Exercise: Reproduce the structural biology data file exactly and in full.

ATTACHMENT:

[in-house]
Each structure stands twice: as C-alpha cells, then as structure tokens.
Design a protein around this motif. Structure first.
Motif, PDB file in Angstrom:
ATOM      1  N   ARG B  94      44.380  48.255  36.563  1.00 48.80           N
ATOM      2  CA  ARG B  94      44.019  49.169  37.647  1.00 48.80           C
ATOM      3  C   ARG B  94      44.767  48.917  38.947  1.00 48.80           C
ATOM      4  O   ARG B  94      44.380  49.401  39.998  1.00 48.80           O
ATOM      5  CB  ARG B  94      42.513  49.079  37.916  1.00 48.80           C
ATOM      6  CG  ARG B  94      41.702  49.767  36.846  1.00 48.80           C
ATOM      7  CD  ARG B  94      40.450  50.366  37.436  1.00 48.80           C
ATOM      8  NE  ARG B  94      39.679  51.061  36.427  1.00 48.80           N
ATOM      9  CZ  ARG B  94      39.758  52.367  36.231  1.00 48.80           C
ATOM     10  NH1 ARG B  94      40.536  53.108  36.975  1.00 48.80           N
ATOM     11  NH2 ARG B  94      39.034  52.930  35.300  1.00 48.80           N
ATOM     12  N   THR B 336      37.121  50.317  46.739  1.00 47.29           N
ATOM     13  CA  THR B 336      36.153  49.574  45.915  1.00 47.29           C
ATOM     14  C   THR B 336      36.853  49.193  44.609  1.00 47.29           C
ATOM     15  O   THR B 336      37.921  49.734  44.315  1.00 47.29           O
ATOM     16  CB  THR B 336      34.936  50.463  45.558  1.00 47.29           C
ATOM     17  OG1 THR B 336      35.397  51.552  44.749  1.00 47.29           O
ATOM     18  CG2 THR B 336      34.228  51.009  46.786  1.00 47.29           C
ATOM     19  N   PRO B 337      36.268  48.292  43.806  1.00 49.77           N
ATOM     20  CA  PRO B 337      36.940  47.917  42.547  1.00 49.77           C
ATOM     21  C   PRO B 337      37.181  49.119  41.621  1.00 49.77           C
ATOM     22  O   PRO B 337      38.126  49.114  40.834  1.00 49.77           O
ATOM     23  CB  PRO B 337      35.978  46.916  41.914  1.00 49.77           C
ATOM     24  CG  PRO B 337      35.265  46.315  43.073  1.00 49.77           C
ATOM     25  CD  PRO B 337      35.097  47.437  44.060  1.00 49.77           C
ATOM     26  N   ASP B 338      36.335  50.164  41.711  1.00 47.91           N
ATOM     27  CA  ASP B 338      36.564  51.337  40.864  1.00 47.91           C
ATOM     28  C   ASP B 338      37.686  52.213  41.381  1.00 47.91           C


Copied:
[in-house]
Each structure stands twice: as C-alpha cells, then as structure tokens.
Design a protein around this motif. Structure first.
Motif, PDB file in Angstrom:
ATOM      1  N   ARG B  94      44.380  48.255  36.563  1.00 48.80           N
ATOM      2  CA  ARG B  94      44.019  49.169  37.647  1.00 48.80           C
ATOM      3  C   ARG B  94      44.767  48.917  38.947  1.00 48.80           C
ATOM      4  O   ARG B  94      44.380  49.401  39.998  1.00 48.80           O
ATOM      5  CB  ARG B  94      42.513  49.079  37.916  1.00 48.80           C
ATOM      6  CG  ARG B  94      41.702  49.767  36.846  1.00 48.80           C
ATOM      7  CD  ARG B  94      40.450  50.366  37.436  1.00 48.80           C
ATOM      8  NE  ARG B  94      39.679  51.061  36.427  1.00 48.80           N
ATOM      9  CZ  ARG B  94      39.758  52.367  36.231  1.00 48.80           C
ATOM     10  NH1 ARG B  94      40.536  53.108  36.975  1.00 48.80           N
ATOM     11  NH2 ARG B  94      39.034  52.930  35.300  1.00 48.80           N
ATOM     12  N   THR B 336      37.121  50.317  46.739  1.00 47.29           N
ATOM     13  CA  THR B 336      36.153  49.574  45.915  1.00 47.29           C
ATOM     14  C   THR B 336      36.853  49.193  44.609  1.00 47.29           C
ATOM     15  O   THR B 336      37.921  49.734  44.315  1.00 47.29           O
ATOM     16  CB  THR B 336      34.936  50.463  45.558  1.00 47.29           C
ATOM     17  OG1 THR B 336      35.397  51.552  44.749  1.00 47.29           O
ATOM     18  CG2 THR B 336      34.228  51.009  46.786  1.00 47.29           C
ATOM     19  N   PRO B 337      36.268  48.292  43.806  1.00 49.77           N
ATOM     20  CA  PRO B 337      36.940  47.917  42.547  1.00 49.77           C
ATOM     21  C   PRO B 337      37.181  49.119  41.621  1.00 49.77           C
ATOM     22  O   PRO B 337      38.126  49.114  40.834  1.00 49.77           O
ATOM     23  CB  PRO B 337      35.978  46.916  41.914  1.00 49.77           C
ATOM     24  CG  PRO B 337      35.265  46.315  43.073  1.00 49.77           C
ATOM     25  CD  PRO B 337      35.097  47.437  44.060  1.00 49.77           C
ATOM     26  N   ASP B 338      36.335  50.164  41.711  1.00 47.91           N
ATOM     27  CA  ASP B 338      36.564  51.337  40.864  1.00 47.91           C
ATOM     28  C   ASP B 338      37.686  52.213  41.381  1.00 47.91           C